The Mediterranean Diet and Your Heart Health

In 1990, UNESCO declared the Mediterranean diet to be part of the intangible cultural history of Spain, Greece, Italy, and Morocco. This diet includes olive oil as the principal source of fat, low consumption of meat and meat products, moderate consumption of poultry, dairy products and wine, and high consumption of fruits, vegetables, fish, unrefined cereals, and legumes.

According to the American Heart Association (AHA), the caloric intake of a heart-healthy diet should include no more than 7% of calories from saturated fat and no more than 200mg of cholesterol per day. Reducing your intake of solid fats, like butter, margarine, and shortening is a good way to limit your intake of saturated, cholesterol, and trans fats.

Best Foods to Eat

Extra Virgin Olive Oil

The main fat source in the Mediterranean diet is extra virgin olive oil, a monounsaturated fat and a much healthier option than solid fats. Monounsaturated fats could decrease LDL levels, which is an important step in boosting your heart health. Extra virgin olive oil is the least processed form, which provides the highest level of positive antioxidant effects.

Olives contain vitamin E, polyphenols and flavonoids which are all anti-inflammatory agents. They protect against free radical damage and are a critical part of the Mediterranean diet menu.


Another source of fat in the Mediterranean diet is nuts. Though nuts are high in fat and calories and should be consumed in moderation, most of the fat is not saturated and therefore they serve as a heart-healthy fat source in addition to olive oil. Nuts could improve cholesterol in addition to containing a good amount of fiber. Nuts also contain arginine, a compound that could improve the health of your blood vessels.

Heart Healthy Proteins

Fat and cholesterol intake is also limited in the Mediterranean diet because heart-healthy protein sources like fish, poultry and legumes are consumed more often than red meats and egg yolks. In fact, legumes like peas, lentils and beans contain protein but no cholesterol and very little fat. Cold water fish like salmon, sardines, mackerel, and herring contain omega-3 fatty acids which could improve the triglyceride levels in the blood.

Fruits and Veggies

The consumption of at least 10 servings of fruits and vegetables per day is another important part of the Mediterranean diet. Fruits and vegetables are high in dietary fiber, which could improve heart health. Orange juice contains vitamin C and antioxidants, orange juice is a super drink. Garlic could have a positive influence on blood pressure, cholesterol and triglycerides. It also makes food more flavorful which decreases the need for salt. Berries are rich in polyphenols.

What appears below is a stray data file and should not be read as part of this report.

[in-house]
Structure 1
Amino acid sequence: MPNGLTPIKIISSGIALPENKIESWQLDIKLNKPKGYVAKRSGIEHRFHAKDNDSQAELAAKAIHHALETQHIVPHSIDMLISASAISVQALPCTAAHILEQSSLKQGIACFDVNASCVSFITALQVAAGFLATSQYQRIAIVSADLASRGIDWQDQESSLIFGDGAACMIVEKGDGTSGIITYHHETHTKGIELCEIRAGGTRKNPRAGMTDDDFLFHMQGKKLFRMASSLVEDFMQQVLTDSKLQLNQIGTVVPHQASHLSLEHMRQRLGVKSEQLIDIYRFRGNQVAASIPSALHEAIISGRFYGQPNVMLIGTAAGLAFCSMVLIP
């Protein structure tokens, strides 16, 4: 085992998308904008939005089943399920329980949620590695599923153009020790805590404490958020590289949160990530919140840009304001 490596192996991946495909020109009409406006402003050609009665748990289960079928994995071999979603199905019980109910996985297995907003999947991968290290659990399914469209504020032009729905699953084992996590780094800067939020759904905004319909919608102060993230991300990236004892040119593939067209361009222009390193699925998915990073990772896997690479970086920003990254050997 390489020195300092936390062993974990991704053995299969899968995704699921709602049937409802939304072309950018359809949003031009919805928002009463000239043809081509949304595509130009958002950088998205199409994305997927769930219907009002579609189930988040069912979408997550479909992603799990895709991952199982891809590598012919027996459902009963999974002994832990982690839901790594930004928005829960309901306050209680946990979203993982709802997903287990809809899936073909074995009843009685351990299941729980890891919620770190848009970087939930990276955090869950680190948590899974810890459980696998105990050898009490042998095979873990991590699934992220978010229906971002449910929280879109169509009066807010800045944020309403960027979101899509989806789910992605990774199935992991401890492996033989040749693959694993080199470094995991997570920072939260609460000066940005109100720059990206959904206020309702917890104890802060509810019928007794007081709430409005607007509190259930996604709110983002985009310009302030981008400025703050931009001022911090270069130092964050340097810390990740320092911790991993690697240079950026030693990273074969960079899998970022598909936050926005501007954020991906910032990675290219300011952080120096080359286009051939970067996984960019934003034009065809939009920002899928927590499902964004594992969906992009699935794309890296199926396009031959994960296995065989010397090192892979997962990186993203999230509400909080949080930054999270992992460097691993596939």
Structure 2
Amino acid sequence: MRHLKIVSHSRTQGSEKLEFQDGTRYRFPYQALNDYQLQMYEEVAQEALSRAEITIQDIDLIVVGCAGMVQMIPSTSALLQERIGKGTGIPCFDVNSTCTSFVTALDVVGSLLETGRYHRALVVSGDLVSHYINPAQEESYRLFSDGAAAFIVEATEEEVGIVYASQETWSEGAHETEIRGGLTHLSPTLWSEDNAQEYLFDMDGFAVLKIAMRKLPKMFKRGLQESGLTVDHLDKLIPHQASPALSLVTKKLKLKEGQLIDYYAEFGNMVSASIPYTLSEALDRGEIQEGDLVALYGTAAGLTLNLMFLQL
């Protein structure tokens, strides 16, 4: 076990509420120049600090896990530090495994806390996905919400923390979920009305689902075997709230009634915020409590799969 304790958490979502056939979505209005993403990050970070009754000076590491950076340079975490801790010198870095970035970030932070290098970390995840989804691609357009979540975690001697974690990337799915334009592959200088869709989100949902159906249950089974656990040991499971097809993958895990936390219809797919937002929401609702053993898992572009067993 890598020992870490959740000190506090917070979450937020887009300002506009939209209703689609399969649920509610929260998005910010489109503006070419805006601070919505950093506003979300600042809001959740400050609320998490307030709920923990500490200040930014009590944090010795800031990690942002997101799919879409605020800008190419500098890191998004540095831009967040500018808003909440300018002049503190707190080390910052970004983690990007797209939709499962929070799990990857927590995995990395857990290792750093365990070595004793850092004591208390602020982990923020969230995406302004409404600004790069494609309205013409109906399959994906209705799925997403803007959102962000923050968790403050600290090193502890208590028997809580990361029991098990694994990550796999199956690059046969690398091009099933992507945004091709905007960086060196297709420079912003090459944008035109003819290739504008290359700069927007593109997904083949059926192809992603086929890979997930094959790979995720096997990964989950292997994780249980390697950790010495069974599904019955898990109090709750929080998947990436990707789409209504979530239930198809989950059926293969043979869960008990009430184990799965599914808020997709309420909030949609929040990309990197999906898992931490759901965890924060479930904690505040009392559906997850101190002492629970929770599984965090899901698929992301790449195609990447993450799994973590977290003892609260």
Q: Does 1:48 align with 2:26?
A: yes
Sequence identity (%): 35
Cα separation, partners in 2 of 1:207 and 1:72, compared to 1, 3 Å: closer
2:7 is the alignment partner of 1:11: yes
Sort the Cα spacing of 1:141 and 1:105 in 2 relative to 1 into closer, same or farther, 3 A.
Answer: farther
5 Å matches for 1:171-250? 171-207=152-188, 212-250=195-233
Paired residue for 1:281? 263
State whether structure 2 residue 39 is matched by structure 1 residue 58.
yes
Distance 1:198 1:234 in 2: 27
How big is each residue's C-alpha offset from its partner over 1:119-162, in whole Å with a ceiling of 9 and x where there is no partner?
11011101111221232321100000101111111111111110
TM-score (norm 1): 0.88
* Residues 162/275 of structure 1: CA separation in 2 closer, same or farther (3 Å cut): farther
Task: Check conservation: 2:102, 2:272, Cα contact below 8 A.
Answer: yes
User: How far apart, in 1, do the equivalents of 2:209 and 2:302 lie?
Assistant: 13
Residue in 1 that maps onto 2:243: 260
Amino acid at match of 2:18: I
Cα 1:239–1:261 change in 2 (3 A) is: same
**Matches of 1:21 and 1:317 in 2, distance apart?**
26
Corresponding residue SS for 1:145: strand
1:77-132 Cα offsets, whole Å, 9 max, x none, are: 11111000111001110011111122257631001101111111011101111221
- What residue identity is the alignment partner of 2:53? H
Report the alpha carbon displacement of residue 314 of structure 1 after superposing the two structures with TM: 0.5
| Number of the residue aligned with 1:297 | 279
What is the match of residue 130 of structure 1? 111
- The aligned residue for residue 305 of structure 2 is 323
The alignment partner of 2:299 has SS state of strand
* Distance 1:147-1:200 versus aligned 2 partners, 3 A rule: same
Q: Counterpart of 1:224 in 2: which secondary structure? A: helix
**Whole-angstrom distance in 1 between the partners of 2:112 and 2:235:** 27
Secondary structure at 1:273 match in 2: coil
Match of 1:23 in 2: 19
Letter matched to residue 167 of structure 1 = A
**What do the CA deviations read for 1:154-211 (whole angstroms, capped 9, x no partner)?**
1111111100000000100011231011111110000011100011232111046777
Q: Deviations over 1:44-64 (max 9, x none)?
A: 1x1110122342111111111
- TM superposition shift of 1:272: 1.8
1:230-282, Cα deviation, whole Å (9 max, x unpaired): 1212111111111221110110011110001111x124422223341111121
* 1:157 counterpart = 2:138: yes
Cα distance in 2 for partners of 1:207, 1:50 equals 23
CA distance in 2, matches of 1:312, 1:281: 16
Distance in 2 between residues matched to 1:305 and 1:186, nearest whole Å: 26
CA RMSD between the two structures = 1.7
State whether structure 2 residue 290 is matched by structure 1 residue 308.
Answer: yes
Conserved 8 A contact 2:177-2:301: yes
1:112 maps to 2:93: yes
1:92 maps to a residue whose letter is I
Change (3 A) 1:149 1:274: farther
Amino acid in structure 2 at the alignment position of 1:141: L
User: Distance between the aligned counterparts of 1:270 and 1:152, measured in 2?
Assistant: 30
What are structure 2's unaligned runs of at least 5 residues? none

Whole Grains

Similarly whole grains are also high in fiber and form part of the heart-healthy Mediterranean diet as well.

Red Wine

Moderate consumption of red wine is permitted in the Mediterranean diet. Red wine contains antioxidant flavonoid phenolics and resveratrol, which could be heart healthy.

Dark Chocolate

Hot Cocoa and dark chocolate are full of antioxidants, more than red wine or even green tea. Stay away from milk chocolates or cocoa mixes and go for the dark chocolate bars and cocoa made from scratch.

By decreasing intake of trans and saturated fats as well as salt, limiting cholesterol intake, and increasing fiber, omega-3, monounsaturated fats, and low-fat proteins, the Mediterranean diet could boost your heart health.

Sample Diet Menu

Below is a sample of typical diet for people who want to boost their heart health.

  • Breakfast: Lowfat yogurt topped with berries. Oatmeal topped with slivered almonds. A banana. Orange juice.
  • Lunch: Salad greens with turkey, assorted vegetables and garlic vinaigrette.
  • Snack: Handful of unsalted nuts, a peach and 2 squares of dark chocolate.
  • Dinner: Salmon cooked with dill and lemon, served on a bed of brown rice. Kale, spinach and mushroom stir fry. Red wine.
  • Dessert: Fruit tossed with honey and a squeeze of lemon. Hot cocoa.